A few months ago, I reported that our furry family member, Zorro, had gone that great Milkbone Factory in the SKy.
Since we are "dog people," I figured it wouldn't take us long to add another pet to the mix. We had discussed waiting until spring to get a dog, figuring potty training would be a lot easier. However, when this adorable pooch arrived into the world (on Abby's and my shared birthday, no less), we knew it was fate that Fergus Geronimo Johnson would be a part of our family. And so the week of Thanksgiving, he entered our lives and we haven't looked back.
It's been a while since we've had a puppy in the house. After Zorro, I quipped that I like my dogs as I like my cars: certified pre-owned. So we've all had some adjusting to do over the past couple of months to keep Fergus and our belongings safe and sound. As with most things in life, this experience got me thinking about new projects within the organization, and there are some parallels to acclimating a puppy to the house and getting your project onboarded smoothly:
Alpha Dog - your puppy will probably latch onto one person in the house as the "leader of the pack." Fergus looks to me for a lot of his commands and needs. In the same way, your project needs an alpha, preferably your project manager, although one could argue the sponsor is an even better alpha. An alpha's job is to protect the puppy and provide guidance and direction.
Toxic chemicals - we have tried to lock up all the dangerous chemicals around the house to keep Fergus away from them. This is an area where many organizations fail in protecting their puppy of a project. Toxic employees can kill a project as well as the morale of the project team. Get rid of them or isolate them if they won't change their ways. By the way, people do not become toxic overnight; they've probably been that way long before your project came on the scene. Do something about them before you bring the project into the organization. In the same vein, a new project is a good way to find out which company policies and procedures may not be safe for your organization's new accomplishments.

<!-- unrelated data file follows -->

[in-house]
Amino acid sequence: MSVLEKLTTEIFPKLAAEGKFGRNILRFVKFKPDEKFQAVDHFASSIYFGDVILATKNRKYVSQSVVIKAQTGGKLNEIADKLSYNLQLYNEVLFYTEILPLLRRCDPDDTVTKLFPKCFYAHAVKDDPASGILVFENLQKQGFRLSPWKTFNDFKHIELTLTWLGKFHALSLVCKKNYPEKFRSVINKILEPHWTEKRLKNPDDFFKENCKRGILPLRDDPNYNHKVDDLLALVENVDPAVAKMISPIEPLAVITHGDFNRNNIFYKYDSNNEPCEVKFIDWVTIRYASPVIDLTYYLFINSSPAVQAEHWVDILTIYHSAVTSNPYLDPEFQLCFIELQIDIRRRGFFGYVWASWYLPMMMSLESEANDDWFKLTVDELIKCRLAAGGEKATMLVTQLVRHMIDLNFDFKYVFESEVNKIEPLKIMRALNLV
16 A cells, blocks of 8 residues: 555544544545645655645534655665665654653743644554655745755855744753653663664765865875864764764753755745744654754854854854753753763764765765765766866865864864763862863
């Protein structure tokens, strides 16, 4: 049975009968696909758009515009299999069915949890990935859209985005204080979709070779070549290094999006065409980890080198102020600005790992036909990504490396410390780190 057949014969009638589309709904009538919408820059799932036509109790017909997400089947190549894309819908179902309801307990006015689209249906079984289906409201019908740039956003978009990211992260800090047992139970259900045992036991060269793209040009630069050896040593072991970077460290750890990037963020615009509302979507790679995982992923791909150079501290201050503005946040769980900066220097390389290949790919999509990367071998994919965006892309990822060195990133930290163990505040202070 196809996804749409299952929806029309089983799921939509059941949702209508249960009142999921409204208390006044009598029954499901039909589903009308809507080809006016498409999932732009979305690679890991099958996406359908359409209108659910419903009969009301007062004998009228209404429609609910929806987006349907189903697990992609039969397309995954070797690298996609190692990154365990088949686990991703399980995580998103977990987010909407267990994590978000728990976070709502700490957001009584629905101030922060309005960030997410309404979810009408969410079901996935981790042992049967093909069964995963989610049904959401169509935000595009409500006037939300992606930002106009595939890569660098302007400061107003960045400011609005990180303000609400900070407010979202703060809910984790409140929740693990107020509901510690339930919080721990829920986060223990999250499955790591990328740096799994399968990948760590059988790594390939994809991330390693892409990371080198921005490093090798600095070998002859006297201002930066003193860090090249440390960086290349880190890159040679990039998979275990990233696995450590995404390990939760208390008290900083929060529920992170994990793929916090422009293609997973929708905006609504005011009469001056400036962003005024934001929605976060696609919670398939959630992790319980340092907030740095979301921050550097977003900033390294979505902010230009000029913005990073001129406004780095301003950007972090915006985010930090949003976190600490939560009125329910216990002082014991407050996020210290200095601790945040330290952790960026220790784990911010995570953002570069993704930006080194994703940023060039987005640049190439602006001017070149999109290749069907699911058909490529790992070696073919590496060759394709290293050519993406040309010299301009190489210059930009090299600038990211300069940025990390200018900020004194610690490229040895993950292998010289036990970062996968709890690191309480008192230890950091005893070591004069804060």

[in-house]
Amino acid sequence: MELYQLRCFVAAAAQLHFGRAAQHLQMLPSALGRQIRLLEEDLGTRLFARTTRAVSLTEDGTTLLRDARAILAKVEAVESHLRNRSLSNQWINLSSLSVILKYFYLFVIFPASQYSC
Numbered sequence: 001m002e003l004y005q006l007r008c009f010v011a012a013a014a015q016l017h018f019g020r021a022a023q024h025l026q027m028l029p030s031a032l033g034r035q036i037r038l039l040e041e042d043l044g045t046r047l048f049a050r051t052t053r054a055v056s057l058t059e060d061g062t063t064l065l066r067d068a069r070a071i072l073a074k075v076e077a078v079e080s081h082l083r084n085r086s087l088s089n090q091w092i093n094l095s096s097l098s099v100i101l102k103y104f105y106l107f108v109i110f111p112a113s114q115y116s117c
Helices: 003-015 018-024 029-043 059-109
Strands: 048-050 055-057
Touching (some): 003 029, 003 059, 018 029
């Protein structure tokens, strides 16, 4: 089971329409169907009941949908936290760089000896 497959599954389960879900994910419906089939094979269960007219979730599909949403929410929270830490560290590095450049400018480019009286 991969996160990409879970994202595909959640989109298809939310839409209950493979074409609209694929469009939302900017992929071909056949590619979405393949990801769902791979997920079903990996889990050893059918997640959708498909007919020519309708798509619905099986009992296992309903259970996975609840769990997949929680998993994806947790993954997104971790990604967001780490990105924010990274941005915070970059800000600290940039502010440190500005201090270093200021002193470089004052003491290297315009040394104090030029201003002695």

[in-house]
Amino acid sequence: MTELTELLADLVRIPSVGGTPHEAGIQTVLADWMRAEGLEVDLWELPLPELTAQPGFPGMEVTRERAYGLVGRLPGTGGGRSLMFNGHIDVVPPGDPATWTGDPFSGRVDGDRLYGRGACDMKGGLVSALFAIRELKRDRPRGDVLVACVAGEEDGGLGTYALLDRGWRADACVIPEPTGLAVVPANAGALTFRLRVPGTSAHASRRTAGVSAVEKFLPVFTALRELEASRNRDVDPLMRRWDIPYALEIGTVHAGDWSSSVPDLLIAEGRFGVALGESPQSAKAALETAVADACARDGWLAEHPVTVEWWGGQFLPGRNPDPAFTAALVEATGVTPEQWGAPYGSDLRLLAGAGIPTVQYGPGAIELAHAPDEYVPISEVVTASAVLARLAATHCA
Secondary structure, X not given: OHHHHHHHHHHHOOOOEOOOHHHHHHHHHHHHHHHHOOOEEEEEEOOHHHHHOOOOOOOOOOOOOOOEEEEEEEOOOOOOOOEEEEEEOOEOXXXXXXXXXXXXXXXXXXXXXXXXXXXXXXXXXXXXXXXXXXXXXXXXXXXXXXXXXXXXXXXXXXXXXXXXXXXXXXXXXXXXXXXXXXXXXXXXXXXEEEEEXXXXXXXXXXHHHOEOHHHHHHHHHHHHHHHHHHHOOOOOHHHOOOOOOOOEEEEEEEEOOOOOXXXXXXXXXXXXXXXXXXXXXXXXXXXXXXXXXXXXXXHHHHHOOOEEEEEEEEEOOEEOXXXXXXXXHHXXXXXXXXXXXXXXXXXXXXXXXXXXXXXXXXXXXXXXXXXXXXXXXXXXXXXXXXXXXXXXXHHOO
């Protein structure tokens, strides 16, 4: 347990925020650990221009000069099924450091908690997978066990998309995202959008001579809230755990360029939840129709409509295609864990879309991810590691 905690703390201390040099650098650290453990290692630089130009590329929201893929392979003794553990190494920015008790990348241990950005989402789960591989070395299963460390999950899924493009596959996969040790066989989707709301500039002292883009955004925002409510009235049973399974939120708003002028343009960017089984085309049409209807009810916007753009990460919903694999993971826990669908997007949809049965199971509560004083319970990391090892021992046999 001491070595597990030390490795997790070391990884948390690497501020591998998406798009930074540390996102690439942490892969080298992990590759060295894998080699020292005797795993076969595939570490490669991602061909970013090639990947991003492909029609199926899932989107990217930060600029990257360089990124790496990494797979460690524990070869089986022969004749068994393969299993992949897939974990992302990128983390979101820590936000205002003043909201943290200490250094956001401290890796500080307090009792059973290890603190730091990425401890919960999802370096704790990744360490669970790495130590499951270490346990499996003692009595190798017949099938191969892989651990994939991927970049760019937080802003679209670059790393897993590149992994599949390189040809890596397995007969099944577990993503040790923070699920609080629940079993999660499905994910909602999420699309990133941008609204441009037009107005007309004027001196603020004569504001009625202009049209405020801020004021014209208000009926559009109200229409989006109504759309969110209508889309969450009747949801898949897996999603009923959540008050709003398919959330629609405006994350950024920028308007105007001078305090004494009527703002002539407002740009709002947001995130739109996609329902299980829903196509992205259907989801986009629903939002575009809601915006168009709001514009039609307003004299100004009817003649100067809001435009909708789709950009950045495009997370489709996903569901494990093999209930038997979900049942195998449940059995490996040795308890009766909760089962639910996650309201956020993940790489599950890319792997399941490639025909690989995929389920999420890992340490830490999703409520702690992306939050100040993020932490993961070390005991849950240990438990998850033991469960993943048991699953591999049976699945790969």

Put away the valuables - puppies can do a lot of damage with their sharp little teeth, so putting up shoes and spraying furniture and picking up miscellaneous toys and papers is a good play. The puppy doesn't know it's causing harm; it's just doing what puppies do. In the same way, a project introduced to an organization is trying to accomplish its scope, but it may not realize what harm it's doing to other parts of the organization. Running pilots or prototypes before rollout can allow your puppy project to wreak its havoc in a safe environment.
The Kennel - many puppies are "crate trained" as owners work during the day. The kennel is the puppy's safe haven. It contains the chew toys and bedding. Provide your project team with a safe haven where they can work together without distraction. A dedicated conference room or office for higher profile, more involved projects can help a team considerably.
"Accidents" - there will be times when the puppy can't hold it in any longer. When accidents occur, simply redirect the puppy to the correct actions and don't freak out. Eventually, the puppy gets it. In the same way, things go wrong on projects. If you play the blame game and freak out with every issue or risk event, people will learn to hide their messes rather than learn from them.
So congratulations on your organization's new project. Give it lots of love and direction and consistency, and it should flourish into a happy, fuzzy accomplishment.